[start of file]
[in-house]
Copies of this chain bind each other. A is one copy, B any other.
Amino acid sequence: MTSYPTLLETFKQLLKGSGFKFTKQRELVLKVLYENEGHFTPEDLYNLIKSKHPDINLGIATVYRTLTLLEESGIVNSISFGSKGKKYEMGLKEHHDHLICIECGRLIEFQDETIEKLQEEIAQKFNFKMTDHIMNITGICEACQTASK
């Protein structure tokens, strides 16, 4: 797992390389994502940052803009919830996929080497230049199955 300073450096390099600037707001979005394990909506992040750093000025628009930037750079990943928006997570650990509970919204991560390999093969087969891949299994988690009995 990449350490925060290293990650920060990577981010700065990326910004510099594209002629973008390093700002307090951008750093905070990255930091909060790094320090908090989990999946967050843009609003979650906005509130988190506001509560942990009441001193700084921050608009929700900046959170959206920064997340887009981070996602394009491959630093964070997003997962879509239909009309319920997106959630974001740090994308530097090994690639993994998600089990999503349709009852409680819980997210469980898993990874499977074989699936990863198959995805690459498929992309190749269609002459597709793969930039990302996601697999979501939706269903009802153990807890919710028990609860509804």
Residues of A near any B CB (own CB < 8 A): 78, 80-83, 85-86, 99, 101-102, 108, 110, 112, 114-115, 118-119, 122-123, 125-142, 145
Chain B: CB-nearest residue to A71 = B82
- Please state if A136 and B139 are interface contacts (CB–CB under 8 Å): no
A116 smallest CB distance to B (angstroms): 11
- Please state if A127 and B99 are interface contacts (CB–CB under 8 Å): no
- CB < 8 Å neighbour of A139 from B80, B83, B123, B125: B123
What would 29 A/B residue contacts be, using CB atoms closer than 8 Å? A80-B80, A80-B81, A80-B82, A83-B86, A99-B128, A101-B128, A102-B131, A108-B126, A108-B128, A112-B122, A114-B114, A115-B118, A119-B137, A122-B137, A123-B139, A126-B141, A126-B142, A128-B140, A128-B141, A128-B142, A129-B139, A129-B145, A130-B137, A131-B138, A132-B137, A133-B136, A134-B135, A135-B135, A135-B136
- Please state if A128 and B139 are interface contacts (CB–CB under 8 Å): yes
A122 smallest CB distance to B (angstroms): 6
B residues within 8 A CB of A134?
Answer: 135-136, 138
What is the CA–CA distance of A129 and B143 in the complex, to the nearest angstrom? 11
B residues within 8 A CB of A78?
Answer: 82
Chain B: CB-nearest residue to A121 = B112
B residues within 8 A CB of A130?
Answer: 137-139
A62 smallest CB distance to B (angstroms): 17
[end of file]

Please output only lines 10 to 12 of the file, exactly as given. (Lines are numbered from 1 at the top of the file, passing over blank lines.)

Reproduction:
- CB < 8 Å neighbour of A139 from B80, B83, B123, B125: B123
What would 29 A/B residue contacts be, using CB atoms closer than 8 Å? A80-B80, A80-B81, A80-B82, A83-B86, A99-B128, A101-B128, A102-B131, A108-B126, A108-B128, A112-B122, A114-B114, A115-B118, A119-B137, A122-B137, A123-B139, A126-B141, A126-B142, A128-B140, A128-B141, A128-B142, A129-B139, A129-B145, A130-B137, A131-B138, A132-B137, A133-B136, A134-B135, A135-B135, A135-B136
- Please state if A128 and B139 are interface contacts (CB–CB under 8 Å): yes